Ned Lamont, nice guy, piano player, and battle of the bands judge, is about as unpopular as sewage in the state he governs. His approval rating, according to a Hartford Courant/Sacred Heart poll, is a measly 24%. That’s one of the lowest, if not the lowest, in the country.
Imagine how bad it would be if he’d done anything to actually deserve it.
Oh man, I can hear the comments coming in now. Tolls! New taxes! My precious plastic bags!
And sure, I get that people don’t like those things. Republicans despise the guy, and independents aren’t too hot on him either. But that doesn’t explain why only 40% of the people in his own party approve of him. After all, the plastic bag ban is a big-ish deal for the environment, and paid family leave — a longtime progressive goal — passed. There’s probably going to be some regional deal on marijuana before Lamont’s term is up. Even tolls are part of a badly-needed transportation plan that pretty much everyone agrees we desperately need. We only disagree on how to pay for it.
So why the overwhelming hate?
Given, the governor has done a lot to alienate people in his bumbling, pleasant way. Progressives have soured on him for not soaking the rich. Moderates and conservatives hate the taxes and the tolls proposal. He’s seemed inconsistent and wishy-washy.
But Dan Malloy, who faced a much more difficult climate and made some deeply unpopular moves, didn’t hit this level of unpopularity until the end of his second term. In short, there’s “I raised your taxes” unpopular, and then there’s “I ran over your cat and sent you a picture of it” unpopular. Ned’s drifting into the cat one.
Other governors are disliked, for sure. Matt Bevins in Kentucky is another of America’s least popular governors not because of policy, but because he is an unbearable jerk. Kate Brown in Oregon is unpopular in part because she’s unapologetically making waves.
Lamont, on the other hand, is a decent human being who, despite all the anger and frustration, hasn’t made any real sweeping changes.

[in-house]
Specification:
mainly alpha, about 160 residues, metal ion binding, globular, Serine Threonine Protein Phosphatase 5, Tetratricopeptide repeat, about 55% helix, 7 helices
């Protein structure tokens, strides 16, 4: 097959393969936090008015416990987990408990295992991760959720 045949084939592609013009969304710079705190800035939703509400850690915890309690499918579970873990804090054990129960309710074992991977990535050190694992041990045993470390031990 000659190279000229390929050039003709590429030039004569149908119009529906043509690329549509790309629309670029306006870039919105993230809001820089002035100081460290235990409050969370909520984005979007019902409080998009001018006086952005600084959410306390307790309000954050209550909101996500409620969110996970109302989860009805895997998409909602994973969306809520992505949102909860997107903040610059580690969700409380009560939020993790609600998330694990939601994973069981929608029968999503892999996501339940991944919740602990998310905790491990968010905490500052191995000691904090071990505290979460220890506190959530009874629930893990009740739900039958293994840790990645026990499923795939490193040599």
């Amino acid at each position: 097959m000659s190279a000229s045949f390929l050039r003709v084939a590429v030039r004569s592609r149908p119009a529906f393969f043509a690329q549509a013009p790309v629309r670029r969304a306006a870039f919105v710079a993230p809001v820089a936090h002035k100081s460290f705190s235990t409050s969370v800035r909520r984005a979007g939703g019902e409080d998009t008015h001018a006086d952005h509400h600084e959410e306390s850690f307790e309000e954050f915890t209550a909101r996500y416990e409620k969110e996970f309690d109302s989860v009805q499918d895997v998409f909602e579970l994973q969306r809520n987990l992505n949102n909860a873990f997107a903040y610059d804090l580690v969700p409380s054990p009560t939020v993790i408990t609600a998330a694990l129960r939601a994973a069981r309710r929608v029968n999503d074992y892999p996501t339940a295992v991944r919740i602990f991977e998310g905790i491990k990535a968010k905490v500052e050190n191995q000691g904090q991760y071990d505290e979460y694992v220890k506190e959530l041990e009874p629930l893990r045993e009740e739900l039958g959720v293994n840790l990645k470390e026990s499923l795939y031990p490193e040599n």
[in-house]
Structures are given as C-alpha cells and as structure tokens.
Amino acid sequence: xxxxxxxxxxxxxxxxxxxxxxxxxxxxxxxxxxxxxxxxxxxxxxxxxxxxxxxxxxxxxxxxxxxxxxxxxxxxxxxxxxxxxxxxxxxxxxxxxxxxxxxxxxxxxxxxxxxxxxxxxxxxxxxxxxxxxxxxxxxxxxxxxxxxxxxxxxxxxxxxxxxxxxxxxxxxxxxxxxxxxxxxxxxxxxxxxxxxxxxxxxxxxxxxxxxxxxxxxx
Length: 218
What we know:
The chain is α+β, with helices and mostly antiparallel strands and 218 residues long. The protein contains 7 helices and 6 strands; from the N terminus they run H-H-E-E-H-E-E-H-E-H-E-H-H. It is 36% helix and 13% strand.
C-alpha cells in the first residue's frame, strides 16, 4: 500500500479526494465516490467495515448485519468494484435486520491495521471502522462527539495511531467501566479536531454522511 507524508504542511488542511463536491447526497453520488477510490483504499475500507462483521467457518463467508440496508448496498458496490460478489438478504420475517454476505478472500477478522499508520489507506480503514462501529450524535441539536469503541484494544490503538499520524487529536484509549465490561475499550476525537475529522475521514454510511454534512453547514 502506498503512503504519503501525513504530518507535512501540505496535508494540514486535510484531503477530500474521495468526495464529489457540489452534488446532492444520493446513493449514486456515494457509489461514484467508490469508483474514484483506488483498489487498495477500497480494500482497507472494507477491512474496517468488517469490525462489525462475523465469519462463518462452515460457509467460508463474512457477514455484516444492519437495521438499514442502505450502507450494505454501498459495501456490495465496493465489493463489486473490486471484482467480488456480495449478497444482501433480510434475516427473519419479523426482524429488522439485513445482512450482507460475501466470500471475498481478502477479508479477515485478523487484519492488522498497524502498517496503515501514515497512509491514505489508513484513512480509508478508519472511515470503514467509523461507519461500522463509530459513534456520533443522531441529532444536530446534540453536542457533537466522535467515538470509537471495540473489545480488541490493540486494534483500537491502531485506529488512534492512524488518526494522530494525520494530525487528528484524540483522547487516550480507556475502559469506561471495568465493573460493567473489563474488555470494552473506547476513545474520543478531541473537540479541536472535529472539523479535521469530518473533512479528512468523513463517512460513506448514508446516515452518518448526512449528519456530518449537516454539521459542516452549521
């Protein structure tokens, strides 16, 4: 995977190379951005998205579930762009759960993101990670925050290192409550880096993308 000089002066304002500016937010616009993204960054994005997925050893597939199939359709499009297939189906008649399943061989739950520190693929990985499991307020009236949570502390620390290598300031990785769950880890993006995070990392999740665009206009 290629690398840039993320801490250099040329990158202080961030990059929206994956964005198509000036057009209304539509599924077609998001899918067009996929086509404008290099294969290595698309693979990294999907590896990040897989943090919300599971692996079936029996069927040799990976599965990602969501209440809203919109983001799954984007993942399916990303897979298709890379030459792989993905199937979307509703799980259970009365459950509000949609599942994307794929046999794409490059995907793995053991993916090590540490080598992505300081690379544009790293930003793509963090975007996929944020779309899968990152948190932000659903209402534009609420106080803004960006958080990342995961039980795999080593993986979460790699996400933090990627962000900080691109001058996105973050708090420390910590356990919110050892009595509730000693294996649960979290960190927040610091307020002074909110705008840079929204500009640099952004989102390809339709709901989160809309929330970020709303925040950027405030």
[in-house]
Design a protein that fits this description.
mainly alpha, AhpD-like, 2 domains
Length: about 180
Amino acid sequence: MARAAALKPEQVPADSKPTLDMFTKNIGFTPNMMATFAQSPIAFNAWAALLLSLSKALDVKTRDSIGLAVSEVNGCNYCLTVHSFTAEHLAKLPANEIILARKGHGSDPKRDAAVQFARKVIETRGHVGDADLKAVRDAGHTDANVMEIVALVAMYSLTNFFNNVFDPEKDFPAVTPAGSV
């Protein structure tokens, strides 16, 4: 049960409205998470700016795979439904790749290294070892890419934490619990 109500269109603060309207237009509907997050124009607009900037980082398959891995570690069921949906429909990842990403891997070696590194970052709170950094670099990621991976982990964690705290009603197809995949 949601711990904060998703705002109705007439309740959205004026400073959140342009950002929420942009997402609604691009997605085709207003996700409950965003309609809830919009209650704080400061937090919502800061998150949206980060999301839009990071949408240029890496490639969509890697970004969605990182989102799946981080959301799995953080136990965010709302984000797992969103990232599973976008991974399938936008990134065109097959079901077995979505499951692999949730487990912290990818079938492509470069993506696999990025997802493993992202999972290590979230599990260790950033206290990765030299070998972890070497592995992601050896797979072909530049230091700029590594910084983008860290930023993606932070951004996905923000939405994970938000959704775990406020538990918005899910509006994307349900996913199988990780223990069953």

So what gives?
Some of it is leftover hate from the Malloy era. Some people just replaced “Malloy” with “Lamont” in their Facebook rants. It’s easy, it doesn’t require a lot of thinking, and it’s sure to draw lots of positive reactions.
Another piece of this is that people in Connecticut desperately want the kind of change that Lamont thus far hasn’t delivered. Expectations for big, dramatic breaks with the past are usually way too high, especially given the limited tools at the governor’s disposal. The basic reality of a state with a sluggish economy and an ongoing budget crisis would be difficult to budge no matter who is in charge. Still, it’s frustrating to have a new governor and still feel stuck in the same old mud.
In addition to that, ever since Dan Malloy took office and the current era of unified party control of government began in 2011, the governor has become the big, easy target. Everyone can vent the entirety of their anger and frustration at the guv. Unfortunately for both Malloy and Lamont, Connecticut government is nothing if not frustrating.
It was easier for governors who weren’t in the same party that controlled the legislature. M. Jodi Rell and John Rowland could make a lot of hay out of opposing the legislature. Malloy and Lamont don’t have that option.
But I also I think there’s something else at work here, tied to our miserable perception of ourselves and of the place where we live. Our gloomy outlook on life, our envy of places just over the horizon, the endless parade of “I’m leaving” editorials, our utter lack of faith that things could ever get better, those are all of a piece. The governor gets to be the scapegoat for our existential grief.
In the old Bible story, the Israelites would confess their sins to the goat so that it bore them all on its back, then they’d lead it out into a solitary place and let it loose.
We load up our own goat with our sins and send it off, but it just comes right back. Of course we hate it. No matter what we do, we can’t escape ourselves.
Susan Bigelow is an award-winning columnist and the founder of CTLocalPolitics. She lives in Enfield with her wife and their cats.
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